A review on the 2020 Honda Jazz
The Honda Jazz is one of those small cars that people either love or hate, and fortunately here at Desperate Seller we've always had a soft spot for this wonderful small car.
While it tends to have a reputation for reliability and is adored by older drivers, there's a lot to like about every Honda Jazz creation, and the new offering is superb.
On the one hand, this is a supermini that has plenty of space which makes for an ideal small family car - and on the other hand, it's still a bit too safe and unexciting for those who want a thrilling drive.
Whatever your opinion is, there's no hiding from the fact that the Honda Jazz should be more popular in the UK than it has been.
While it doesn't have the same driving dynamics is the bestselling Ford Fiesta, it's certainly better than the Citroen C3.
The Jazz Crosstar has body cladding
The new model has cutting edge design and there's even an upgraded model, the Jazz Crosstar which has body cladding and a raised ride height for those who want to go off-road (though they won't be travelling that far off-road).
It still looks like the Honda Jazz, however, and the range’s forward visibility has been boosted with thinner A-pillars and the roof height has been lowered. This is a car that resembles a small MPV than it does a supermini.
The range also features a new hybrid set-up, Honda calls it the e:HEV which uses a 1.5 litre petrol engine, along with two electric motors.
One of these motors acts as the car's propulsion system, while the other converts the petrol engine's energy into electricity so it can be stored or used by the lithium-ion battery when necessary.
This means the new Jazz has three driving modes: the hybrid drive uses the petrol engine to drive the second electric motor and there's enough power to drive the car. This will be the normal setting for everyday use.
There's also EV Drive, which will be used around town and offers a smooth, all-electric experience.
Finally, there's engine drive which does exactly what it says - the petrol engine is used to propel the car's wheels.
The Honda Jazz will decide on the method of propulsion
To help, the Honda Jazz will decide which will be the most efficient method of propulsion and will switch between the relevant modes.
It's an easy system to live with and there's a CVT transmission system that replaces the conventional gearbox. Weirdly, Honda has installed a system that uses a mix of motor torque and engine revs and speed so the car sounds and acts like it is changing gear - when it isn't!
The hybrid system delivers 108 bhp of power with 253Nm of torque, so there's plenty of punch when necessary. The power is available instantly and it's a smooth performer on long motorway journeys.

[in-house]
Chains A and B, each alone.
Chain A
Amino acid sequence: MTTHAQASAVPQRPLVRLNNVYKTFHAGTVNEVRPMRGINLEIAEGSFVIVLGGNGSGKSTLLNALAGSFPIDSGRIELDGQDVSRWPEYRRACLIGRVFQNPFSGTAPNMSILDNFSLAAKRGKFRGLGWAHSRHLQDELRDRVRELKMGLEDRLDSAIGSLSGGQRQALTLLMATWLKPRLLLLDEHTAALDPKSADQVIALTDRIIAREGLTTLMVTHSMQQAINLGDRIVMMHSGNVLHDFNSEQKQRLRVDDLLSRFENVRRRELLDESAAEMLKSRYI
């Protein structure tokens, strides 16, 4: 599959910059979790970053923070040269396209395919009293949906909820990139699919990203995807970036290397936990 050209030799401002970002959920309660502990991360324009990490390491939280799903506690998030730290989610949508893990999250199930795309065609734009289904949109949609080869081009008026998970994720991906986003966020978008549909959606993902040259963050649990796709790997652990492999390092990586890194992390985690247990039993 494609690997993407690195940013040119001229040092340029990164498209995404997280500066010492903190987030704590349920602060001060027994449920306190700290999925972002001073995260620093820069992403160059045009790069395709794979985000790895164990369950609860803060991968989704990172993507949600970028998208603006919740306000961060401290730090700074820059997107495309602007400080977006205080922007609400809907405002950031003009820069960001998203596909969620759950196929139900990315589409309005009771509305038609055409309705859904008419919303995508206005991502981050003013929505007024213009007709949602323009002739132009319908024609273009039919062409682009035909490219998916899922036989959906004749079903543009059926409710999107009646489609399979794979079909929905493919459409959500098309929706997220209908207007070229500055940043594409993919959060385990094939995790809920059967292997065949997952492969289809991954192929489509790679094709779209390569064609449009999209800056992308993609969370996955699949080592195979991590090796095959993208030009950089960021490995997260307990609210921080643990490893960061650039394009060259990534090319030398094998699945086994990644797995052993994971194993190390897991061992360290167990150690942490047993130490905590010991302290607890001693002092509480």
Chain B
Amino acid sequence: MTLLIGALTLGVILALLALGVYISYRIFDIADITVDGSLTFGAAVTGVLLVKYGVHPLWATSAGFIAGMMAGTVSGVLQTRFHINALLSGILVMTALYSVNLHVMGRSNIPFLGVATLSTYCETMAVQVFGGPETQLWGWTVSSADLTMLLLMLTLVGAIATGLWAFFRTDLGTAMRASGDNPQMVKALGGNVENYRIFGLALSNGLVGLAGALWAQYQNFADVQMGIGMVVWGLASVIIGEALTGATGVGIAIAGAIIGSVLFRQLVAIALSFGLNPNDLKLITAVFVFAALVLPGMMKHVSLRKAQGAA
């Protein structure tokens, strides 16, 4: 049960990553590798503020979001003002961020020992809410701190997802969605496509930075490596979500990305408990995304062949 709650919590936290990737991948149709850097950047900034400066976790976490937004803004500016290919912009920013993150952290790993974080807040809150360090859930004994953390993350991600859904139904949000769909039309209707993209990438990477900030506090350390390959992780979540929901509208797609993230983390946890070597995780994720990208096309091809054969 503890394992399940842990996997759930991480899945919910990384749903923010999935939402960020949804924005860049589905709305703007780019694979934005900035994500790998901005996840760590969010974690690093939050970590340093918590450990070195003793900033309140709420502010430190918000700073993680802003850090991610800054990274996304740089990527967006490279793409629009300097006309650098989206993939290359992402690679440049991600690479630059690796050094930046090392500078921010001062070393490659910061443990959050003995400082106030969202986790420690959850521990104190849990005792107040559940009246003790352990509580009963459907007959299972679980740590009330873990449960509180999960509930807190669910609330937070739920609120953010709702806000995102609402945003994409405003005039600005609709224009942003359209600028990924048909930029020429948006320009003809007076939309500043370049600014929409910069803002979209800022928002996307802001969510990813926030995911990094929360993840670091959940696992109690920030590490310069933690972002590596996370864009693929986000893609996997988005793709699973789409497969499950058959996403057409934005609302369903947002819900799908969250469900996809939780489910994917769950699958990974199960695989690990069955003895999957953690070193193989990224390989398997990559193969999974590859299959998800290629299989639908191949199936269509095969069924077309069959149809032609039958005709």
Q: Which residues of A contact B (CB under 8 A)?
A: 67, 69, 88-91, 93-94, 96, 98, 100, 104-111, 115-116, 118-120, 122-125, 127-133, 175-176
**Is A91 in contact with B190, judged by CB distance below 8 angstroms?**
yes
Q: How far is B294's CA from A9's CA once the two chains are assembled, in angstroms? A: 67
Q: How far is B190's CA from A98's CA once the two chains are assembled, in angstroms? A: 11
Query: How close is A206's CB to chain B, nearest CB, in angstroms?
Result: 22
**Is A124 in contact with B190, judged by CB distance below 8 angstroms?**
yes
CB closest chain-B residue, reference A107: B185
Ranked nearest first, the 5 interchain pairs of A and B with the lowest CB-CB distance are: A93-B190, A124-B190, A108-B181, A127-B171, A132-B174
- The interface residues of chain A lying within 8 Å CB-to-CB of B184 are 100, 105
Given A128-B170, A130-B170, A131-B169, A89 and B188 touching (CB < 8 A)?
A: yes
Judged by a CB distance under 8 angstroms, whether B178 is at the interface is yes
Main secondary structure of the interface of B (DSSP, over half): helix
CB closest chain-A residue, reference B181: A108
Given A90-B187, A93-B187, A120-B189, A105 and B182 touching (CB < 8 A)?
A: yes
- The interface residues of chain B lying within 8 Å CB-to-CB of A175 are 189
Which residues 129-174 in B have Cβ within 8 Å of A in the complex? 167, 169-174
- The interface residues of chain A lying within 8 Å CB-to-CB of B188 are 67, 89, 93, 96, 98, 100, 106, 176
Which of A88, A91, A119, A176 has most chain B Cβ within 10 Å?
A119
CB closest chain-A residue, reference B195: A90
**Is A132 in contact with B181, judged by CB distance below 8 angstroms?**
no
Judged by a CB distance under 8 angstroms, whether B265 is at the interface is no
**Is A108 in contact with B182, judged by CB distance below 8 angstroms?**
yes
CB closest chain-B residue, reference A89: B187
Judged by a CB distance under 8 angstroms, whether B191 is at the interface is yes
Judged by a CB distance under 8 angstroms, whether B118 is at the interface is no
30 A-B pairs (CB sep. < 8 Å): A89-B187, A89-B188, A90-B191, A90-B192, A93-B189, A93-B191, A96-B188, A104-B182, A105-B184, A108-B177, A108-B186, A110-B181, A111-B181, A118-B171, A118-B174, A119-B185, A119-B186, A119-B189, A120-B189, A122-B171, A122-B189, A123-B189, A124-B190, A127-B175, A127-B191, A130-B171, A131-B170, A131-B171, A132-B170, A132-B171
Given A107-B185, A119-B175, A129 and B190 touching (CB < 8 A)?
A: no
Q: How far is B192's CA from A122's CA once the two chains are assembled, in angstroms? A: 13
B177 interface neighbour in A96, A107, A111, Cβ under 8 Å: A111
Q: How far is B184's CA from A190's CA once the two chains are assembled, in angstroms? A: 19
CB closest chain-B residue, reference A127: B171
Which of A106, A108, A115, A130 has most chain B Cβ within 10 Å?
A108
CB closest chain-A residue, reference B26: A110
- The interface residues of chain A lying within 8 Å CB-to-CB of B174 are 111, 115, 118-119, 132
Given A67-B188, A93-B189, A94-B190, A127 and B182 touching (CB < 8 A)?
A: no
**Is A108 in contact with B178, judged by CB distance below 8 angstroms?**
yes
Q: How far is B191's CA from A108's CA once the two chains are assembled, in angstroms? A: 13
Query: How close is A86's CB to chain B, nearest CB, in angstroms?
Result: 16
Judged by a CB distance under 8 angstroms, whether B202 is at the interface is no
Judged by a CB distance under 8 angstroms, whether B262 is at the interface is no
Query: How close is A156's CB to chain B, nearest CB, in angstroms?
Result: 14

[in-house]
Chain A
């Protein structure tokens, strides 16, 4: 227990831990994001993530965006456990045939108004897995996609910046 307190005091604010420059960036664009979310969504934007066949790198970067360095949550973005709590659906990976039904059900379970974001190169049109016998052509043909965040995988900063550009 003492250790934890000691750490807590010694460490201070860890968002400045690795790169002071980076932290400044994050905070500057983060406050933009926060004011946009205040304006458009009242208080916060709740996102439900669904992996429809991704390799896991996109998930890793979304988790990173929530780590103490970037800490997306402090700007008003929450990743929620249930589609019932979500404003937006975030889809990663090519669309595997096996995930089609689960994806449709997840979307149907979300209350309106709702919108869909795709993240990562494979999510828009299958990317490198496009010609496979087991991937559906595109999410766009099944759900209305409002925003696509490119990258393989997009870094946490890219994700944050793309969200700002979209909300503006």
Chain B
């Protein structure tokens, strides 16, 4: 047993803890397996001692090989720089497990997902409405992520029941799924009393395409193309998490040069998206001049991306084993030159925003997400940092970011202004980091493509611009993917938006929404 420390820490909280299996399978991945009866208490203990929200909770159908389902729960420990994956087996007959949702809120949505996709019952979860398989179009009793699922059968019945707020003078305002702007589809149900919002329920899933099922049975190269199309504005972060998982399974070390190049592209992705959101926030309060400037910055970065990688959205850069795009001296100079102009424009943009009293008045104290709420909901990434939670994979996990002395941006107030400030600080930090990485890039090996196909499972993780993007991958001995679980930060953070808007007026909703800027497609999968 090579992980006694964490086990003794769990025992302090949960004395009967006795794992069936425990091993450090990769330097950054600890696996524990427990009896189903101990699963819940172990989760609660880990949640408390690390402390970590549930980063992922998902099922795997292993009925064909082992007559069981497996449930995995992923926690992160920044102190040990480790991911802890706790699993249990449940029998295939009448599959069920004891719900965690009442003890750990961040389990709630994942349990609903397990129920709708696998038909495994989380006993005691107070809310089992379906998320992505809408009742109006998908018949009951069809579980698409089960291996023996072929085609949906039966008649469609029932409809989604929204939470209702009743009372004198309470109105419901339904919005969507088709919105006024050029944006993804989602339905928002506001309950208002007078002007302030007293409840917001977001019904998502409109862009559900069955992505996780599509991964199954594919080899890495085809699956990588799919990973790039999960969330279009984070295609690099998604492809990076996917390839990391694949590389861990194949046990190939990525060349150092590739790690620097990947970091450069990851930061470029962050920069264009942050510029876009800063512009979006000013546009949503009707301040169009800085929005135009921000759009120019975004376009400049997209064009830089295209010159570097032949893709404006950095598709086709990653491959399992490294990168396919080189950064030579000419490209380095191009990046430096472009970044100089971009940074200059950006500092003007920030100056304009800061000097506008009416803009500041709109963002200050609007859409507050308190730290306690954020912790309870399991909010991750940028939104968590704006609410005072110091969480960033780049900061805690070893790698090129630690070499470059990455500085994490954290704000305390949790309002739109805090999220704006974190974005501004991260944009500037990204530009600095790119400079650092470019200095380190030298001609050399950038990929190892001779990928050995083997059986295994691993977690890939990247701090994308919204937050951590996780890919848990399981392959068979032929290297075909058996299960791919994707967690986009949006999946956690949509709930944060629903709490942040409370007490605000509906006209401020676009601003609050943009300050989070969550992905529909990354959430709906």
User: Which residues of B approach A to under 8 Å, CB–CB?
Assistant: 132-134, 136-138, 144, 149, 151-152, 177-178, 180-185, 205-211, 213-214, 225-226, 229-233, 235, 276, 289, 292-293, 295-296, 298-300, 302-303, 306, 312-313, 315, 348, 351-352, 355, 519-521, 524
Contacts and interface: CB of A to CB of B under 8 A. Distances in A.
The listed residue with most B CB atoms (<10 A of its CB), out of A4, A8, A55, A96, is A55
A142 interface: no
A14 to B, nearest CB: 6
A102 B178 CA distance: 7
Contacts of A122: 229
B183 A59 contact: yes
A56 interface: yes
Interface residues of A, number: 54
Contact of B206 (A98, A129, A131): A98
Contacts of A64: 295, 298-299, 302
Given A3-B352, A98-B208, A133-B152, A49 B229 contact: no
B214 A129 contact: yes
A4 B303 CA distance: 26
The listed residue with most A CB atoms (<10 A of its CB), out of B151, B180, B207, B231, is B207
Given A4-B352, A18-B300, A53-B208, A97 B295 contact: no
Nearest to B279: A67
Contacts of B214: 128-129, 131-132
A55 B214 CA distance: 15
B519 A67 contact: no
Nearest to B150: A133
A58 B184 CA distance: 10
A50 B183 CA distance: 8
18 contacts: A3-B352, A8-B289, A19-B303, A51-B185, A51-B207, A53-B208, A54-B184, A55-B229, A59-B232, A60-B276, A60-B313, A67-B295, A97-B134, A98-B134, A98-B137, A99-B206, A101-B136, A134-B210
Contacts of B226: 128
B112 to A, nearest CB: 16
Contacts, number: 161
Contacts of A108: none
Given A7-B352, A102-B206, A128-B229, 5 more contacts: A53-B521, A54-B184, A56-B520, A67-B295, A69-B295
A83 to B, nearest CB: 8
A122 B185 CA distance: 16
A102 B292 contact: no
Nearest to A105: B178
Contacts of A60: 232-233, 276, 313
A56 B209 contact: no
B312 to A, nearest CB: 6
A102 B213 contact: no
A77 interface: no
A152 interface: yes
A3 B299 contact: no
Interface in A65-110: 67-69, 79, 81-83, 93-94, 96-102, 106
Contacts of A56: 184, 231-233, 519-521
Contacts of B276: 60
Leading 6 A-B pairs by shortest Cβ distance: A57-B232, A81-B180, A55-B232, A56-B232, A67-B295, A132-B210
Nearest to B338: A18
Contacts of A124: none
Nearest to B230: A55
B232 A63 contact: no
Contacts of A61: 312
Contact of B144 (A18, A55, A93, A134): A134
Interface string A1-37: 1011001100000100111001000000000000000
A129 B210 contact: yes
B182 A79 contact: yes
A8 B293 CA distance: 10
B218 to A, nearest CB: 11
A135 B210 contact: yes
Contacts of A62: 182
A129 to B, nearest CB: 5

Another big attraction is that drivers should be looking at economy of at 62 mpg, and probably much higher, and low emissions of 102g/km.
There are just three trim levels and a decent level of standard equipment - drivers get to enjoy cruise control, climate control, automatic headlights, wipers and folding rear seats.
There's also a 5-inch infotainment system but there is a much better 9-inch offering which includes smartphone connectivity.
Honda Jazz EX trim
The Honda Jazz EX trim has larger wheels, heated seats, satnav and a rear view camera plus rear and front parking sensors.
The top model trim is the Crosstar which features water repellent seat fabric, a contrasting roof colour and a much better audio system.
Out on the road, the Honda Jazz is a smooth and comfortable performer and it's an easy to live with car the chassis deals with rough roads to deliver a smooth ride and there's a practical boot size of 304 litres which extends to an impressive 1,205 litres with the rear seats folded flat.
There's space for tall adults in the rear seats and the overall feel and design of the cabin meets Honda's high standards.
Indeed, this latest model might be the one that really does reach out to a younger generation of supermini buyers because there's a lot to like with the styling, handling and comfort levels. It's not the cheapest supermini (and certainly not when compared with the Ford Fiesta) but it will hold its value, offer cheap motoring and has an all-round impressive offering.
It should be a standard bearer for the segment which means that most potential buyers who would enjoy the Honda Jazz's charms will probably opt for the cheaper allure of the Fiesta or the Vauxhall Corsa. And that's a shame. Make your own mind up by checking out the used Honda Jazz cars for sale available right now on DesperateSeller.co.uk.
DesperateSeller.co.uk rating: 4.5/5